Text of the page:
Philadelphians offer mixed reviews on The Gallery as it ages. A face-lift has long been rumored for the urban shopping mall that opened in the 1970s and now dominates blocks of Market Street east of City Hall.
On a recent unseasonably warm day, The Gallery was busy with noontime shoppers. Friends Nydeera Harvey and Tanya Riddick were sitting outside enjoying the weather.
“When I come to The Gallery, I buy Bath & Body Works. Sometimes I stop in Old Navy, Five Below and Cinnabon,” Harvey says. While she prefers going to King of Prussia to shop, Harvey says The Gallery is closer to her home in West Philadelphia.
Riddick says she likes the urban shopping mall just the way it is.
“It should stay the same! It’s like a tradition,” Riddick says.
While Harvey ticks off a list of stores she’d like to see added to the Gallery — including American Eagle and Aeropostale — Riddick has just one suggestion.
“Only thing they missin’ is Victoria’s Secret!” she says.
Ground-breaking Gallery echoed suburban development
Decades after its debut, The Gallery now feels like a fixture of East Market Street. But Paul Levy, president of the Center City District, says the opening of The Gallery was a big deal.
“This was really the first major regional shopping center built after World War II in the middle of downtown,” Levy said. “It connected not only a regional shopping center to parking garages but to a regional transit system. All that was absolutely wonderful, except all that was totally inward-facing by design.”
Levy says that mirrored designs for shopping centers in the suburbs where there is little potential for the window shopping that streets such as Walnut or Chestnut offer.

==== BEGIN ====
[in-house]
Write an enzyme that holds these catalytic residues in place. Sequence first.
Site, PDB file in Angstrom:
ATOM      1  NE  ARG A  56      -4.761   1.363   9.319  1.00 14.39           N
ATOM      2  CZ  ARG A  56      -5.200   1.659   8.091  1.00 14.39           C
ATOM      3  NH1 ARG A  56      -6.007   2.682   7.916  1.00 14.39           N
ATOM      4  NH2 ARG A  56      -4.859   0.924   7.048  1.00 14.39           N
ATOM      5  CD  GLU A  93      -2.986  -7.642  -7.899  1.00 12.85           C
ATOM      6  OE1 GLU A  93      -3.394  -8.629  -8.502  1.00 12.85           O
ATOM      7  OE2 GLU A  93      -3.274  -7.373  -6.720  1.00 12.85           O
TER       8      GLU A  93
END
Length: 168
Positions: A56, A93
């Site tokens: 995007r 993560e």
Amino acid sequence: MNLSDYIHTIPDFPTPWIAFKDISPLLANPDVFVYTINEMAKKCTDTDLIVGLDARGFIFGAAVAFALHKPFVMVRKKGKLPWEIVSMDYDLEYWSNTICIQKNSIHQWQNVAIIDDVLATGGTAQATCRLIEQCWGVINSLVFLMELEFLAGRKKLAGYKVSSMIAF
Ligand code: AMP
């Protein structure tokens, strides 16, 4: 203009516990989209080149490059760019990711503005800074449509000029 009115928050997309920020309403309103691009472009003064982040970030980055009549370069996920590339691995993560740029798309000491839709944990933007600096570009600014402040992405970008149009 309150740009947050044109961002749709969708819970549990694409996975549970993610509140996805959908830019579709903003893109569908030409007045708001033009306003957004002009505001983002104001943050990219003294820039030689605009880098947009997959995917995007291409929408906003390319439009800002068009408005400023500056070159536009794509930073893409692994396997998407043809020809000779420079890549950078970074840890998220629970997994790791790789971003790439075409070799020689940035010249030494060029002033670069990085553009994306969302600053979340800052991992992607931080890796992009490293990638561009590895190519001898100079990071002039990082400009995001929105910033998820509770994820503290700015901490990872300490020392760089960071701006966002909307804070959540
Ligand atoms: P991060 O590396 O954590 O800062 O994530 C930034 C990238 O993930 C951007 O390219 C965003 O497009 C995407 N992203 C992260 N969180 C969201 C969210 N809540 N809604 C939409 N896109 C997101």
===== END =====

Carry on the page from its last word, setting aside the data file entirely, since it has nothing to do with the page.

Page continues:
Instead, shoppers drive up, park and walk in.
“There are great strengths for The Gallery,” Levy adds. “They do great sales volumes, they meet lots of different needs in the city, but from the perspective of Market Street East, it’s a lot of blank walls with corner entrances.”
He said plans to transform The Gallery, in effect to “turn it inside out,” are exciting. He explains that, at the street level, it would focus outward.
“To have retail that focuses out on to the street. And for a city that now has 275 outdoor cafes, for there to be not one on Market East is clearly a huge gap,” he said. “So the plans envision ground floor retail, ground floor restaurants, people sitting outside.”
Pedestrian traffic enhances potential
Levy points out there are lots of visitors nearby — heading to historic sites and attractions such as the Pennsylvania Convention Center. He says there’s real potential for The Gallery area to be transformed into a major shopping destination by tapping into the vitality on the street. It could, he says, become Philadelphia’s Times Square or Michigan Avenue.
Architect John Bower agrees that there is real opportunity.
“This whole complex has the potential to do for everybody,” Bower said. “In other words, you have Macy’s across the way, you have Reading Terminal Market and the future development along this southern edge — it could really become quite upscale at the western end and serve everybody in this middle ground all the way to the other end. When you think of the thousands of people who pour through this area every day to work, to all of this public transportation.”